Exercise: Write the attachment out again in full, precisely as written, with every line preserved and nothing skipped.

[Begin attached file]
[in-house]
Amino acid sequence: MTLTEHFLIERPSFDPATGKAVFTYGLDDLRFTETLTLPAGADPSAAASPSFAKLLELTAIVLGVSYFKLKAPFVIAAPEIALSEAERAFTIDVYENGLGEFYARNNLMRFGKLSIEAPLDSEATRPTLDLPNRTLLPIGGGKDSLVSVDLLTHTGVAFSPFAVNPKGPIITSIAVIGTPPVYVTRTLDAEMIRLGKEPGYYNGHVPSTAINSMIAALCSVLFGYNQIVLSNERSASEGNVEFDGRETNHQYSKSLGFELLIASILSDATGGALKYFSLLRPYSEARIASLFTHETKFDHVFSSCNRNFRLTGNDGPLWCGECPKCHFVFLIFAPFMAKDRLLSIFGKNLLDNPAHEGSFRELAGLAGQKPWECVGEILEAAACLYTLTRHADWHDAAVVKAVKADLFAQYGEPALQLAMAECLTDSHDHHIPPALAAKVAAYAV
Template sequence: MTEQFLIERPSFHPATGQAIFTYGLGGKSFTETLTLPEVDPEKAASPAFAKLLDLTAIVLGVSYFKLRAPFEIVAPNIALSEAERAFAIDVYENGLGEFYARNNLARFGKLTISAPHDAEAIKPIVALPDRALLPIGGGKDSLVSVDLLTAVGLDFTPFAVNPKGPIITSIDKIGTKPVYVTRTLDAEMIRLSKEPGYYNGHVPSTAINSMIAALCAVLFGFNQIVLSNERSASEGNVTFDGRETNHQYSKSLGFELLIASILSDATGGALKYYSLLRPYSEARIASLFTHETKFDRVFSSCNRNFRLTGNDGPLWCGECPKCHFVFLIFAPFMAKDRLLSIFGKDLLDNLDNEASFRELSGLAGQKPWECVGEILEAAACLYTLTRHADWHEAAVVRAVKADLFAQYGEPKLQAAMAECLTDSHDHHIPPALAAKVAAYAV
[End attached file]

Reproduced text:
[in-house]
Amino acid sequence: MTLTEHFLIERPSFDPATGKAVFTYGLDDLRFTETLTLPAGADPSAAASPSFAKLLELTAIVLGVSYFKLKAPFVIAAPEIALSEAERAFTIDVYENGLGEFYARNNLMRFGKLSIEAPLDSEATRPTLDLPNRTLLPIGGGKDSLVSVDLLTHTGVAFSPFAVNPKGPIITSIAVIGTPPVYVTRTLDAEMIRLGKEPGYYNGHVPSTAINSMIAALCSVLFGYNQIVLSNERSASEGNVEFDGRETNHQYSKSLGFELLIASILSDATGGALKYFSLLRPYSEARIASLFTHETKFDHVFSSCNRNFRLTGNDGPLWCGECPKCHFVFLIFAPFMAKDRLLSIFGKNLLDNPAHEGSFRELAGLAGQKPWECVGEILEAAACLYTLTRHADWHDAAVVKAVKADLFAQYGEPALQLAMAECLTDSHDHHIPPALAAKVAAYAV
Template sequence: MTEQFLIERPSFHPATGQAIFTYGLGGKSFTETLTLPEVDPEKAASPAFAKLLDLTAIVLGVSYFKLRAPFEIVAPNIALSEAERAFAIDVYENGLGEFYARNNLARFGKLTISAPHDAEAIKPIVALPDRALLPIGGGKDSLVSVDLLTAVGLDFTPFAVNPKGPIITSIDKIGTKPVYVTRTLDAEMIRLSKEPGYYNGHVPSTAINSMIAALCAVLFGFNQIVLSNERSASEGNVTFDGRETNHQYSKSLGFELLIASILSDATGGALKYYSLLRPYSEARIASLFTHETKFDRVFSSCNRNFRLTGNDGPLWCGECPKCHFVFLIFAPFMAKDRLLSIFGKDLLDNLDNEASFRELSGLAGQKPWECVGEILEAAACLYTLTRHADWHEAAVVRAVKADLFAQYGEPKLQAAMAECLTDSHDHHIPPALAAKVAAYAV